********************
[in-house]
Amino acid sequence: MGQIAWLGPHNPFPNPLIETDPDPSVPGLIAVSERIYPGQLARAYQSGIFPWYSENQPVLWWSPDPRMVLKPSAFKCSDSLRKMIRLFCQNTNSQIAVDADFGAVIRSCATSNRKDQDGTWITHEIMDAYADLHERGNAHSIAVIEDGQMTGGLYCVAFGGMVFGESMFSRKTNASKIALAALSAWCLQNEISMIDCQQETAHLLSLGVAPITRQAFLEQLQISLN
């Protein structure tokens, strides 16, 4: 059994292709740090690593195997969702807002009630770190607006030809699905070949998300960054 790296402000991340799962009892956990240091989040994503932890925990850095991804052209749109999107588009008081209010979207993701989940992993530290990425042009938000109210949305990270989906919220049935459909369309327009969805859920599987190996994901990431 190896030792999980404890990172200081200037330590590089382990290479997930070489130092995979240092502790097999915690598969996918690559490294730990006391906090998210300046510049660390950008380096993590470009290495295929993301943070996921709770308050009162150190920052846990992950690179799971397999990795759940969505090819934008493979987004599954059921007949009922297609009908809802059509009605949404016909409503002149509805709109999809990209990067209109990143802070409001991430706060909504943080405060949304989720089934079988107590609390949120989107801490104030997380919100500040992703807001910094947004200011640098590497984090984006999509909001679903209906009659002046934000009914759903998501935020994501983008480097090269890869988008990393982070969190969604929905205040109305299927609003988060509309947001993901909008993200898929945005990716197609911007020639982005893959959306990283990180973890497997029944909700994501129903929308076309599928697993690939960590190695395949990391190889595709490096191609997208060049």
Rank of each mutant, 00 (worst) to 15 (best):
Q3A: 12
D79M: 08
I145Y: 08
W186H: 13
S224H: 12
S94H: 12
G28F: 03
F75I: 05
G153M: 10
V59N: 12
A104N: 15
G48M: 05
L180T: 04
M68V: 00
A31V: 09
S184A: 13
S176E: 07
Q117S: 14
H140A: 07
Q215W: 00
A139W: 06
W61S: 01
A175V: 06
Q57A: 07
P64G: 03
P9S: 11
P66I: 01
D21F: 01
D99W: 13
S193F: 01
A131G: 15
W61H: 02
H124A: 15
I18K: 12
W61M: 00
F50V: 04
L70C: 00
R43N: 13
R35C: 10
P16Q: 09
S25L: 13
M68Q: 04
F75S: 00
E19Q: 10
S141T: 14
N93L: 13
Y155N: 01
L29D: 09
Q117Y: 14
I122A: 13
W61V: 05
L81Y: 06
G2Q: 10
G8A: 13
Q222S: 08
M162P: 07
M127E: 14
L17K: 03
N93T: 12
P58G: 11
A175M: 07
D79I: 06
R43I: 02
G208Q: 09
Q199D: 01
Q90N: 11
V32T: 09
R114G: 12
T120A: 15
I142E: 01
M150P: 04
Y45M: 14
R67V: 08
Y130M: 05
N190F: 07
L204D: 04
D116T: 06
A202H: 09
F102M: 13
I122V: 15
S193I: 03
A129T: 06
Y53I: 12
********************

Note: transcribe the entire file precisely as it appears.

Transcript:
[in-house]
Amino acid sequence: MGQIAWLGPHNPFPNPLIETDPDPSVPGLIAVSERIYPGQLARAYQSGIFPWYSENQPVLWWSPDPRMVLKPSAFKCSDSLRKMIRLFCQNTNSQIAVDADFGAVIRSCATSNRKDQDGTWITHEIMDAYADLHERGNAHSIAVIEDGQMTGGLYCVAFGGMVFGESMFSRKTNASKIALAALSAWCLQNEISMIDCQQETAHLLSLGVAPITRQAFLEQLQISLN
């Protein structure tokens, strides 16, 4: 059994292709740090690593195997969702807002009630770190607006030809699905070949998300960054 790296402000991340799962009892956990240091989040994503932890925990850095991804052209749109999107588009008081209010979207993701989940992993530290990425042009938000109210949305990270989906919220049935459909369309327009969805859920599987190996994901990431 190896030792999980404890990172200081200037330590590089382990290479997930070489130092995979240092502790097999915690598969996918690559490294730990006391906090998210300046510049660390950008380096993590470009290495295929993301943070996921709770308050009162150190920052846990992950690179799971397999990795759940969505090819934008493979987004599954059921007949009922297609009908809802059509009605949404016909409503002149509805709109999809990209990067209109990143802070409001991430706060909504943080405060949304989720089934079988107590609390949120989107801490104030997380919100500040992703807001910094947004200011640098590497984090984006999509909001679903209906009659002046934000009914759903998501935020994501983008480097090269890869988008990393982070969190969604929905205040109305299927609003988060509309947001993901909008993200898929945005990716197609911007020639982005893959959306990283990180973890497997029944909700994501129903929308076309599928697993690939960590190695395949990391190889595709490096191609997208060049």
Rank of each mutant, 00 (worst) to 15 (best):
Q3A: 12
D79M: 08
I145Y: 08
W186H: 13
S224H: 12
S94H: 12
G28F: 03
F75I: 05
G153M: 10
V59N: 12
A104N: 15
G48M: 05
L180T: 04
M68V: 00
A31V: 09
S184A: 13
S176E: 07
Q117S: 14
H140A: 07
Q215W: 00
A139W: 06
W61S: 01
A175V: 06
Q57A: 07
P64G: 03
P9S: 11
P66I: 01
D21F: 01
D99W: 13
S193F: 01
A131G: 15
W61H: 02
H124A: 15
I18K: 12
W61M: 00
F50V: 04
L70C: 00
R43N: 13
R35C: 10
P16Q: 09
S25L: 13
M68Q: 04
F75S: 00
E19Q: 10
S141T: 14
N93L: 13
Y155N: 01
L29D: 09
Q117Y: 14
I122A: 13
W61V: 05
L81Y: 06
G2Q: 10
G8A: 13
Q222S: 08
M162P: 07
M127E: 14
L17K: 03
N93T: 12
P58G: 11
A175M: 07
D79I: 06
R43I: 02
G208Q: 09
Q199D: 01
Q90N: 11
V32T: 09
R114G: 12
T120A: 15
I142E: 01
M150P: 04
Y45M: 14
R67V: 08
Y130M: 05
N190F: 07
L204D: 04
D116T: 06
A202H: 09
F102M: 13
I122V: 15
S193I: 03
A129T: 06
Y53I: 12